The Deutsche Investitions- und Entwicklungsgesellschaft’s engagement in Cameroon includes providing guarantees, loans and equity investments, especially in the agricultural, tourism and energy sectors.
There are three experts from the Centre for International Migration and Development (CIM), a GIZ-affiliated organisation, working in Cameroon in various sectors.
Senior Expert Service personnel are regularly deployed in the country focusing on rural development, strengthening healthcare and supporting SMEs.
German church-affiliated organisations are also active in development cooperation with Cameroon.
In Cameroon, there is keen interest in Germany owing to the good reputation the latter enjoys in the field of science and technology. There are some 230,000 Cameroonian students learning German and around 1000 German teachers. Five schools receive logistical, financial and pedagogical support under the Schools: Partners for the Future initiative (PASCH), which was launched by the Federal Foreign Office.
The German Academic Exchange Service (DAAD) is currently seeking applications for a lector position at the University of Yaoundé. A DAAD Information Centre was officially opened there in October 2010 and provides advice on courses and scholarships. It is staffed by a German language assistant and a freelance employee. Another DAAD lector teaches at the University of Dschang.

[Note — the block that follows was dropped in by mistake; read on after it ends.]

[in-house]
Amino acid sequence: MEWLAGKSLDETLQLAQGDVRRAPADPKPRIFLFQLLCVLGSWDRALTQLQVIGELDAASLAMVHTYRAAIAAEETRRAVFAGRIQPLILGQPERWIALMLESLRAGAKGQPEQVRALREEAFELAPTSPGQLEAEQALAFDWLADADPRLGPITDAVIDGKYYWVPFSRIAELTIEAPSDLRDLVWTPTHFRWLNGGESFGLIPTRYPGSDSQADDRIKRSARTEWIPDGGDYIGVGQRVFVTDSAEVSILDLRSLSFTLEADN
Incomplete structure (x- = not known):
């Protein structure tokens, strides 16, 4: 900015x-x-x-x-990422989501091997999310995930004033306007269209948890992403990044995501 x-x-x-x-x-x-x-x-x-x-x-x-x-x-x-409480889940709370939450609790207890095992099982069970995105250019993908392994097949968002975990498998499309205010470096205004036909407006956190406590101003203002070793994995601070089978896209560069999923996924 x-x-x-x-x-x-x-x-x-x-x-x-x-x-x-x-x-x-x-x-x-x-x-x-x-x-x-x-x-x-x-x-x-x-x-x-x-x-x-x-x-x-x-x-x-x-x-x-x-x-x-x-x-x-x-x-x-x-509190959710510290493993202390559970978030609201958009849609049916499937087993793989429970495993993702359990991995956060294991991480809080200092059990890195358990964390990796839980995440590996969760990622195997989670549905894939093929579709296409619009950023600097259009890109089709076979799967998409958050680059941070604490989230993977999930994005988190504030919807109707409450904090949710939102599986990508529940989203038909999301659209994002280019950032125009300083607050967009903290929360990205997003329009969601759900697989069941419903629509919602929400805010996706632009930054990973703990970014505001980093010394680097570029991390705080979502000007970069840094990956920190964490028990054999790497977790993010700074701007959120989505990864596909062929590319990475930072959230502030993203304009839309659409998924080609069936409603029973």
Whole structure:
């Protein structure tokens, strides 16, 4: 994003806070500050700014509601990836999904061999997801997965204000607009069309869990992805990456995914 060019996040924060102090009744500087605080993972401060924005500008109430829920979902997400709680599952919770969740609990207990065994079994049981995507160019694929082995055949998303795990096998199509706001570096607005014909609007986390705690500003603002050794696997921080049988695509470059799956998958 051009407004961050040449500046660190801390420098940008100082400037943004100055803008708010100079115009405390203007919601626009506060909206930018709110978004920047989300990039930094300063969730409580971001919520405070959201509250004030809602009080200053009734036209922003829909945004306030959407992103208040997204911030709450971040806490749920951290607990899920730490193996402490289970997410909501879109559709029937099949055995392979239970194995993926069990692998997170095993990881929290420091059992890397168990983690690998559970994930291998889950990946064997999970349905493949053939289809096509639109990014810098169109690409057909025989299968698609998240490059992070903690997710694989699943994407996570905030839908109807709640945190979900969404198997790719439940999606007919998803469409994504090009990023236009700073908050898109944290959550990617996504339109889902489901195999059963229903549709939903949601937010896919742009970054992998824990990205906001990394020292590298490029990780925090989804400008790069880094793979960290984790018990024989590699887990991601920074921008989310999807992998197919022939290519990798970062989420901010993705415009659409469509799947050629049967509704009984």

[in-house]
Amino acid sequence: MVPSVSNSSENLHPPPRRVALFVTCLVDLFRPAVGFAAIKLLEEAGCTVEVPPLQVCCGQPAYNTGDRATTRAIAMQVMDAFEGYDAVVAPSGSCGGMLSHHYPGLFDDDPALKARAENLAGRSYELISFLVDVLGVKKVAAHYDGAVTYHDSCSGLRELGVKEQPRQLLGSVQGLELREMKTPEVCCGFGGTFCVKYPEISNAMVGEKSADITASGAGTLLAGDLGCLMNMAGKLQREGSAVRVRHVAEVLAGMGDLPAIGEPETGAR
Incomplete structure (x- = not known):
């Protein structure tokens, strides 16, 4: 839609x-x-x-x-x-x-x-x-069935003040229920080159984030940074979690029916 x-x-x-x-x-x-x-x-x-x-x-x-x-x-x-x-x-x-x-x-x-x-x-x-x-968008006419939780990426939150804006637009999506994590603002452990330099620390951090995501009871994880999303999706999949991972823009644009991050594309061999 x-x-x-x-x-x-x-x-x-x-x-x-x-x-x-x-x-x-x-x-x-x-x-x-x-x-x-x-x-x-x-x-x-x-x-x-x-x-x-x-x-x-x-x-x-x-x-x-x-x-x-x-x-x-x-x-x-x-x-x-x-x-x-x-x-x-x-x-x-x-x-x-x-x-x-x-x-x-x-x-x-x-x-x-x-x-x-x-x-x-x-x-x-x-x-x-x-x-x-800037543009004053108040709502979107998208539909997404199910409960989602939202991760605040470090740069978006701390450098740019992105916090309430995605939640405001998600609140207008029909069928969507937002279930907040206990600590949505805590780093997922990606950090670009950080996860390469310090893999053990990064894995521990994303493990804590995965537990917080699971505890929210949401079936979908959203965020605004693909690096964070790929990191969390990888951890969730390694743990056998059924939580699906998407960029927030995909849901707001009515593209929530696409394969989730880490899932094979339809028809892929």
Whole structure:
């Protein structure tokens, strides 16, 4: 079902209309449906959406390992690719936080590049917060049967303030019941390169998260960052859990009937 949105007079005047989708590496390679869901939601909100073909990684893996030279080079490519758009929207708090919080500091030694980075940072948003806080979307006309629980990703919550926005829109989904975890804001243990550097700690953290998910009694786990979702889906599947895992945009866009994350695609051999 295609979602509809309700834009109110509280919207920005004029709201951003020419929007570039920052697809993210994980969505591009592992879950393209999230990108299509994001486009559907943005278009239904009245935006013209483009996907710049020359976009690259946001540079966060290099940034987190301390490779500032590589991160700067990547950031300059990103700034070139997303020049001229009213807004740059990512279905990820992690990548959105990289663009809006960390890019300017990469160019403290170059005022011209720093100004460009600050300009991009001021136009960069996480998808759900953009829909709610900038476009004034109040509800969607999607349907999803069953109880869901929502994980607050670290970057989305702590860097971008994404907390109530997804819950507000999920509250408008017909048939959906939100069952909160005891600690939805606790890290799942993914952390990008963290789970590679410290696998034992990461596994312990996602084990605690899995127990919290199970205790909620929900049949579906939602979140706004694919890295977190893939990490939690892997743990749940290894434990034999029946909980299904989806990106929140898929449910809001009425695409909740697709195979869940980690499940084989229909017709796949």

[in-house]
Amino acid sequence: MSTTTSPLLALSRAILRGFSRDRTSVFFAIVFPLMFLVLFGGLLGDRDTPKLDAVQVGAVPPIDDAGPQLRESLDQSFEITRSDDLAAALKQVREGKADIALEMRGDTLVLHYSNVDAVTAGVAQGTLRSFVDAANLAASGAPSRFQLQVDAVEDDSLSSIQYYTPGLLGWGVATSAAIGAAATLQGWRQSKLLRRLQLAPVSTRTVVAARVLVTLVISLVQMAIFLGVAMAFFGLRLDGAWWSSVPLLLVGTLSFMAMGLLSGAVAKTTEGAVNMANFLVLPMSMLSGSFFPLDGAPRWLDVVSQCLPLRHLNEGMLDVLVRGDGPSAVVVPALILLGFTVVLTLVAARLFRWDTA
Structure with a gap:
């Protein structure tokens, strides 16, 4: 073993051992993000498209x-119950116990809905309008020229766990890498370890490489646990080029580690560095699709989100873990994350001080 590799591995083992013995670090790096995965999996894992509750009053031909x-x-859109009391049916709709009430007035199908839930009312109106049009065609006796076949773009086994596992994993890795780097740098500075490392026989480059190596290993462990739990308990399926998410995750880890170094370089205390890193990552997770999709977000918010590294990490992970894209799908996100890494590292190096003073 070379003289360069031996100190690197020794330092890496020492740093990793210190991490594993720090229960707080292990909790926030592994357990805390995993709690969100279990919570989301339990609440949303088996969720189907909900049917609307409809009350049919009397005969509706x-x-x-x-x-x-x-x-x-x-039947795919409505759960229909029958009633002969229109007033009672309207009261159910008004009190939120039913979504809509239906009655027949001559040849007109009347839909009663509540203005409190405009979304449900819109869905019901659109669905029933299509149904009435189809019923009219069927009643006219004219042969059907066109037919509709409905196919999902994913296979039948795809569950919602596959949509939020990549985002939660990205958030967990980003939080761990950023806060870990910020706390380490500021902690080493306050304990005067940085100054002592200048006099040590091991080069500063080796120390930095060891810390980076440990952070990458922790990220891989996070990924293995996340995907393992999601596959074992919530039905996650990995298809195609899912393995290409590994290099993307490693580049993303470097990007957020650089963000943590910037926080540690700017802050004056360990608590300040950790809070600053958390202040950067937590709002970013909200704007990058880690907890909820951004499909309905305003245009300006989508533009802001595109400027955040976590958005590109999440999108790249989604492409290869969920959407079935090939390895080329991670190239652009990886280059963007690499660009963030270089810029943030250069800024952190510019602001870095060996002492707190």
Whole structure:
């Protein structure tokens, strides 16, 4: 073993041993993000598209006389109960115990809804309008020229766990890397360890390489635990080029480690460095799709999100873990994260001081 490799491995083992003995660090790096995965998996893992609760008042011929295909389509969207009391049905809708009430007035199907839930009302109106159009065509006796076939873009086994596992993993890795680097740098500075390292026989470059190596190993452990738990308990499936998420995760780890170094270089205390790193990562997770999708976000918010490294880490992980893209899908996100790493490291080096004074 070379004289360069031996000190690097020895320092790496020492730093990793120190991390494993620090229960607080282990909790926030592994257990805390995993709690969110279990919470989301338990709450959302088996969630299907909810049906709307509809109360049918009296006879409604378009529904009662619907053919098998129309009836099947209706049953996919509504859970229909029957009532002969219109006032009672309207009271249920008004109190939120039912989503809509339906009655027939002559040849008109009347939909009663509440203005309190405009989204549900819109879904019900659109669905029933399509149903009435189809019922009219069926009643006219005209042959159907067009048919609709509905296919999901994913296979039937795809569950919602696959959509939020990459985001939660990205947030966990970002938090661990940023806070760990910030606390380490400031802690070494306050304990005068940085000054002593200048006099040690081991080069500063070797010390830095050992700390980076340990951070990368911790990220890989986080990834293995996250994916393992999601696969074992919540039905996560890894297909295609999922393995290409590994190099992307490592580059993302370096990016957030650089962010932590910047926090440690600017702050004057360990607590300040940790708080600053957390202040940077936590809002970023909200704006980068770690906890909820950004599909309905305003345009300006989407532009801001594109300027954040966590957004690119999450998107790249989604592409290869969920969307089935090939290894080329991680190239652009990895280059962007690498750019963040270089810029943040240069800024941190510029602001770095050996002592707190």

Cameroon maintains very good and close academic contacts with Germany. The DAAD and the Alexander von Humboldt Foundation support postgraduate students, academics, scientists and researchers by awarding scholarships and donating equipment.
Some 7300 Cameroonians are currently enrolled at German universities, making them by far the largest group of African students in Germany.
The keen interest in Germany is reflected in the activities of the Goethe-Institut in Cameroon, which – besides having a particularly large language department compared with the rest of the region – runs a language learning centre in Douala. The language courses, film screenings and cultural events offered through the Goethe-Institut are very popular, especially among young people.
This text is intended as a source of basic information. It is regularly updated. No liability can be accepted for the accuracy or completeness of its Contents.